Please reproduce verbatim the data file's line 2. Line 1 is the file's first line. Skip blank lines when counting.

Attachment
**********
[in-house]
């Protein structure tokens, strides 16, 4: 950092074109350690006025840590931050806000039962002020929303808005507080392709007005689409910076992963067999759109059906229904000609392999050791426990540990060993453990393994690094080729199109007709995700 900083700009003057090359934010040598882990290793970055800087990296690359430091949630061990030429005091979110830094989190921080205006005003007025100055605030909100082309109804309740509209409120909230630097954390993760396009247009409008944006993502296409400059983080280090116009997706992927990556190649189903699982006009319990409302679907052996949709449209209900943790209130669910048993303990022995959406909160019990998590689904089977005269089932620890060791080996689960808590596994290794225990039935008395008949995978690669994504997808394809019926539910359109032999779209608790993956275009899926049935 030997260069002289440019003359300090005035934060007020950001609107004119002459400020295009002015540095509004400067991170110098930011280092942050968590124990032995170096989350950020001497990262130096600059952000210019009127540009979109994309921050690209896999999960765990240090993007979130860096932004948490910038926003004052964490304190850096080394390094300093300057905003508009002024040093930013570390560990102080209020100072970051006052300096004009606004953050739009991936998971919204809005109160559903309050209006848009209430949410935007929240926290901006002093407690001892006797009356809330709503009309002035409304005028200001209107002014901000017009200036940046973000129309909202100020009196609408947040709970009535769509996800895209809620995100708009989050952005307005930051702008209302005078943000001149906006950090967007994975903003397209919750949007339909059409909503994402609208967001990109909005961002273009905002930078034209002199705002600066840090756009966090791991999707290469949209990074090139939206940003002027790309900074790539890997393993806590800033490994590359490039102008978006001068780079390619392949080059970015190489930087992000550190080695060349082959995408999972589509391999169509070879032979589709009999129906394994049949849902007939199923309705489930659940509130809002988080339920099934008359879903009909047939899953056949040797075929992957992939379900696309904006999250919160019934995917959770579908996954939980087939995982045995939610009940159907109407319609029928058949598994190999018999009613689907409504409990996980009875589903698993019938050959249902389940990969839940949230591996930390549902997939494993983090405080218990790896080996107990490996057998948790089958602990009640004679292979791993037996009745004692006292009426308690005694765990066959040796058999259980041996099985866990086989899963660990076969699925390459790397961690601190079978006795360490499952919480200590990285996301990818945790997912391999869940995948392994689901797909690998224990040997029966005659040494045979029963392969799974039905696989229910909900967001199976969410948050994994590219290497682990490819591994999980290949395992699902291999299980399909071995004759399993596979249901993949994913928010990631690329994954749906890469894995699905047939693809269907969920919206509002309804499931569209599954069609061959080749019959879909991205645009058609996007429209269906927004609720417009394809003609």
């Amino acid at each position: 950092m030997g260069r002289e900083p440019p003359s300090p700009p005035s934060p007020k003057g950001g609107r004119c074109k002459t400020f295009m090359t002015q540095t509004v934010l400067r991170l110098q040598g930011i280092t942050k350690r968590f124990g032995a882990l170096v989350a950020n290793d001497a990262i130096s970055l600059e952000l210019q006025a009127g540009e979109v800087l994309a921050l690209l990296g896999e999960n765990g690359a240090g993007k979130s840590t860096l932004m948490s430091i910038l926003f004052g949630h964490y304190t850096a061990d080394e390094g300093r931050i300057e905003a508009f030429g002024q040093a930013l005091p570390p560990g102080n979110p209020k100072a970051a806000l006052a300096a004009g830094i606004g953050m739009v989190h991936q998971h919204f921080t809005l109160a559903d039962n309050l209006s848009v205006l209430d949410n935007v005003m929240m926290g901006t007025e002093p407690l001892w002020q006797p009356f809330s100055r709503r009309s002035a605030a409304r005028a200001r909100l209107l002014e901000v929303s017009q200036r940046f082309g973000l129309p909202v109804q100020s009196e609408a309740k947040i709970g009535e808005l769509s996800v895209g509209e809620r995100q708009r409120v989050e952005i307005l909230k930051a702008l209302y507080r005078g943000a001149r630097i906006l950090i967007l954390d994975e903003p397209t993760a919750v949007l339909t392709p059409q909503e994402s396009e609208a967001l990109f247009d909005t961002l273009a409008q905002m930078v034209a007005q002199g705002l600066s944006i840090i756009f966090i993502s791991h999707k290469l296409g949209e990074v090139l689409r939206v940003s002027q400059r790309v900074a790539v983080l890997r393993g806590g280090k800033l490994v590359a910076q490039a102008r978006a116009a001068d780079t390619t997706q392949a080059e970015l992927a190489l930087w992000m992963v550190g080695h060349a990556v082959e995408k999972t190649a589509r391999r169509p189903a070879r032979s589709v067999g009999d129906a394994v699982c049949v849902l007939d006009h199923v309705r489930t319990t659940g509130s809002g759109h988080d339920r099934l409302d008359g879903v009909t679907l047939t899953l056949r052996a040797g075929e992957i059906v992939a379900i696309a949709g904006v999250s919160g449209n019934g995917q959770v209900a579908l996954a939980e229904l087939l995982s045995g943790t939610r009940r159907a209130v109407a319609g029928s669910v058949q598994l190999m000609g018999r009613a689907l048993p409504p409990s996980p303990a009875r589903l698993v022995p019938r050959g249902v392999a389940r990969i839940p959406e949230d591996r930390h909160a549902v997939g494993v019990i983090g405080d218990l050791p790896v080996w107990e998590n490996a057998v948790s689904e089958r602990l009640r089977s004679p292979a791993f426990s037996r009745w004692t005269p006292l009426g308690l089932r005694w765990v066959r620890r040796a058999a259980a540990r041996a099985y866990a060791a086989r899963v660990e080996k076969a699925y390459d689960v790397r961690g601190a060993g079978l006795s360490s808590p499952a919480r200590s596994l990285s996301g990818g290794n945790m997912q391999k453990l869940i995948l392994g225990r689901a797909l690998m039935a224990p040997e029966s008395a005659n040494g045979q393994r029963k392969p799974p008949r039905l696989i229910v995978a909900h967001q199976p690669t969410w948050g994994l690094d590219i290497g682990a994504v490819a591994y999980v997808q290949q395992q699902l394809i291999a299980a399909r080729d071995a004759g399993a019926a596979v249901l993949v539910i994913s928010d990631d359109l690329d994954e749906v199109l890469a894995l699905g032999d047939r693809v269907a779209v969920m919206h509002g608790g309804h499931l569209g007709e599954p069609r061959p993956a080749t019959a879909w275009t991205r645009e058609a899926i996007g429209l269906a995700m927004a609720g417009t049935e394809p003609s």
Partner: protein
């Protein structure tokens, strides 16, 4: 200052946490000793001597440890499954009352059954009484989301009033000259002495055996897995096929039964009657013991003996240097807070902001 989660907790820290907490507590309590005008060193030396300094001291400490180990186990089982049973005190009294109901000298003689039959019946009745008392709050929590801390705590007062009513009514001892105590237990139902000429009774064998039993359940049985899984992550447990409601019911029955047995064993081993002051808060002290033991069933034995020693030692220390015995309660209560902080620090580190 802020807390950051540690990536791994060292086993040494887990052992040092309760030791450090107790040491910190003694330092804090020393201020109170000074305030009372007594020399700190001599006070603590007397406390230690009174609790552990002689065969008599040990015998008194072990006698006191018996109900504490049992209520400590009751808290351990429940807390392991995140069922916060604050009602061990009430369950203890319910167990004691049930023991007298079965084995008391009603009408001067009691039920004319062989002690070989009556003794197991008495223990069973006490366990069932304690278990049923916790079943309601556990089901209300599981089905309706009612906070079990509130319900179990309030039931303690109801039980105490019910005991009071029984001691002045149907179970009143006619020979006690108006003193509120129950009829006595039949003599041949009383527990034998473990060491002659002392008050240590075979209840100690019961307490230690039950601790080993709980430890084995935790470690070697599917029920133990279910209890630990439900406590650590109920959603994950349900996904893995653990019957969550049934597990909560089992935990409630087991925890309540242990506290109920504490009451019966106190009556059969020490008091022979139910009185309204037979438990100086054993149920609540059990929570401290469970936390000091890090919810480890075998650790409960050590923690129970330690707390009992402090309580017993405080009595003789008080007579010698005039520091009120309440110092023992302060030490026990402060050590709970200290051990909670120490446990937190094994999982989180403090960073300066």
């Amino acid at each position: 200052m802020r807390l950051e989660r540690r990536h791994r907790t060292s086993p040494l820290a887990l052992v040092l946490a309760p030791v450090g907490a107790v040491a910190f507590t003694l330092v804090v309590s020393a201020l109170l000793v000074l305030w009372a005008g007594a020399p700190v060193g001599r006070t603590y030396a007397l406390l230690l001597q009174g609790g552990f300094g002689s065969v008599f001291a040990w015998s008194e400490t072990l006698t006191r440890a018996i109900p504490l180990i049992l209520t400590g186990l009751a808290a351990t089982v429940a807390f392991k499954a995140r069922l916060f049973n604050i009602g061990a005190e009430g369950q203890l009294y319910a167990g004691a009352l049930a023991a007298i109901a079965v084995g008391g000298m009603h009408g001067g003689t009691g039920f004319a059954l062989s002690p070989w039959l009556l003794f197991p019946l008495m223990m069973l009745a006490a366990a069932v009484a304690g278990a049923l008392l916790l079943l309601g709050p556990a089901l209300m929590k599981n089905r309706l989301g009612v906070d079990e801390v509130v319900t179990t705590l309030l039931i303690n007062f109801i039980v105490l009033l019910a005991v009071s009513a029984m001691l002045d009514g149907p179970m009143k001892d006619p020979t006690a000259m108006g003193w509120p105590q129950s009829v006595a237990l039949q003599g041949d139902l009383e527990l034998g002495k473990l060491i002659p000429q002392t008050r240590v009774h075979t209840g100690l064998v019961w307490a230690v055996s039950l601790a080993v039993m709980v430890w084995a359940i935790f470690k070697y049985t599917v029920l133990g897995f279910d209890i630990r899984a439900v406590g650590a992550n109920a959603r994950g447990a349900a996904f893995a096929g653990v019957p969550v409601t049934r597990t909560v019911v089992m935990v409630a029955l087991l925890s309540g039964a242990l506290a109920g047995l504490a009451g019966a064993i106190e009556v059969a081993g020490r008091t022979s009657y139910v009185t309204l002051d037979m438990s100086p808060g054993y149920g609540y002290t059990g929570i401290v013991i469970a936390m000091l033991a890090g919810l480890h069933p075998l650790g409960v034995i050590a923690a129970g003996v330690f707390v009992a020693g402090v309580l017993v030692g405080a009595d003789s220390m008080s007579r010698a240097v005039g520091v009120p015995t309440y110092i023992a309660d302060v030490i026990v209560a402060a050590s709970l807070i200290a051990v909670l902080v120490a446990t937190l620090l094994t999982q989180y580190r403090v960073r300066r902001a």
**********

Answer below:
């Protein structure tokens, strides 16, 4: 950092074109350690006025840590931050806000039962002020929303808005507080392709007005689409910076992963067999759109059906229904000609392999050791426990540990060993453990393994690094080729199109007709995700 900083700009003057090359934010040598882990290793970055800087990296690359430091949630061990030429005091979110830094989190921080205006005003007025100055605030909100082309109804309740509209409120909230630097954390993760396009247009409008944006993502296409400059983080280090116009997706992927990556190649189903699982006009319990409302679907052996949709449209209900943790209130669910048993303990022995959406909160019990998590689904089977005269089932620890060791080996689960808590596994290794225990039935008395008949995978690669994504997808394809019926539910359109032999779209608790993956275009899926049935 030997260069002289440019003359300090005035934060007020950001609107004119002459400020295009002015540095509004400067991170110098930011280092942050968590124990032995170096989350950020001497990262130096600059952000210019009127540009979109994309921050690209896999999960765990240090993007979130860096932004948490910038926003004052964490304190850096080394390094300093300057905003508009002024040093930013570390560990102080209020100072970051006052300096004009606004953050739009991936998971919204809005109160559903309050209006848009209430949410935007929240926290901006002093407690001892006797009356809330709503009309002035409304005028200001209107002014901000017009200036940046973000129309909202100020009196609408947040709970009535769509996800895209809620995100708009989050952005307005930051702008209302005078943000001149906006950090967007994975903003397209919750949007339909059409909503994402609208967001990109909005961002273009905002930078034209002199705002600066840090756009966090791991999707290469949209990074090139939206940003002027790309900074790539890997393993806590800033490994590359490039102008978006001068780079390619392949080059970015190489930087992000550190080695060349082959995408999972589509391999169509070879032979589709009999129906394994049949849902007939199923309705489930659940509130809002988080339920099934008359879903009909047939899953056949040797075929992957992939379900696309904006999250919160019934995917959770579908996954939980087939995982045995939610009940159907109407319609029928058949598994190999018999009613689907409504409990996980009875589903698993019938050959249902389940990969839940949230591996930390549902997939494993983090405080218990790896080996107990490996057998948790089958602990009640004679292979791993037996009745004692006292009426308690005694765990066959040796058999259980041996099985866990086989899963660990076969699925390459790397961690601190079978006795360490499952919480200590990285996301990818945790997912391999869940995948392994689901797909690998224990040997029966005659040494045979029963392969799974039905696989229910909900967001199976969410948050994994590219290497682990490819591994999980290949395992699902291999299980399909071995004759399993596979249901993949994913928010990631690329994954749906890469894995699905047939693809269907969920919206509002309804499931569209599954069609061959080749019959879909991205645009058609996007429209269906927004609720417009394809003609």